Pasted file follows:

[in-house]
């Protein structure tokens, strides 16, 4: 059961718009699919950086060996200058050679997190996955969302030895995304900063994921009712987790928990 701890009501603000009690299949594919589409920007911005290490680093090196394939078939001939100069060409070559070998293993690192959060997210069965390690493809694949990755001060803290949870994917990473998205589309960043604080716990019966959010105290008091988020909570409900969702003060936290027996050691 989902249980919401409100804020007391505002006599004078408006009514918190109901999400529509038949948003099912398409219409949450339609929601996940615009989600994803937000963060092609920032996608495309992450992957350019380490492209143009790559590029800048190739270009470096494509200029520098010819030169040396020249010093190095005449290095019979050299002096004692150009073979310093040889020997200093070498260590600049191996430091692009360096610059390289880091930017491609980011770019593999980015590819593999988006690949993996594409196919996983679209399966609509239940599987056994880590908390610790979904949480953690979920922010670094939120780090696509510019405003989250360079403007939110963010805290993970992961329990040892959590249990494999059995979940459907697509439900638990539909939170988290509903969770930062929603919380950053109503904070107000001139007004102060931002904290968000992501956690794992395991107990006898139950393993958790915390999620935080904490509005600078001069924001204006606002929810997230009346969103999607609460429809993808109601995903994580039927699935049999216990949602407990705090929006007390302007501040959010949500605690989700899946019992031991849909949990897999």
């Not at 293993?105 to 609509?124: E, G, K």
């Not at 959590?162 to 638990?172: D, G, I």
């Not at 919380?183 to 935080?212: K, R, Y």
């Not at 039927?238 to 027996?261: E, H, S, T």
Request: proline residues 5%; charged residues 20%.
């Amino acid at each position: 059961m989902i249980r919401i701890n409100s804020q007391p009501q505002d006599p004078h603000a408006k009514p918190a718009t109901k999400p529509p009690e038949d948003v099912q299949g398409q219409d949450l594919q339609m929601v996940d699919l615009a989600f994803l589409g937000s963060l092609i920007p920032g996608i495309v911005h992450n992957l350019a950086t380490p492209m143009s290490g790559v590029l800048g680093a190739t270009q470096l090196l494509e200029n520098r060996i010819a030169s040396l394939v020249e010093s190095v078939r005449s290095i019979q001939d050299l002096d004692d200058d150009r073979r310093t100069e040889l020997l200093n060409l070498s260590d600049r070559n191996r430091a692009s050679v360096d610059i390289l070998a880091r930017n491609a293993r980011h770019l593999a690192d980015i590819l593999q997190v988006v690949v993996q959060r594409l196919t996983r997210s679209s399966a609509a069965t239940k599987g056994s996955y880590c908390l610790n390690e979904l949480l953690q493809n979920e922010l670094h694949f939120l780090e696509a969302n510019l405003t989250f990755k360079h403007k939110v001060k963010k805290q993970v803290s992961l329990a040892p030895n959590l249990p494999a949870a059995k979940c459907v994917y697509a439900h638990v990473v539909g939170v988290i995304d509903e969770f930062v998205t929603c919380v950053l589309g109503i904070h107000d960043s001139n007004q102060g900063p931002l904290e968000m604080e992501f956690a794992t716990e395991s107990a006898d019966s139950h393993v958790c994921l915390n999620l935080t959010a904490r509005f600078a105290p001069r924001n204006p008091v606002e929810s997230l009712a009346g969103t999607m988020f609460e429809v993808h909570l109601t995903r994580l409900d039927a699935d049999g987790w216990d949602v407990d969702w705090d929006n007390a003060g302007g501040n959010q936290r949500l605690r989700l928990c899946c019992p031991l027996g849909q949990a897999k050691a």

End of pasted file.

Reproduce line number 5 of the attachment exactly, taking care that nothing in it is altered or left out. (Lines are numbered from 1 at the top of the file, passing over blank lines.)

């Not at 919380?183 to 935080?212: K, R, Y």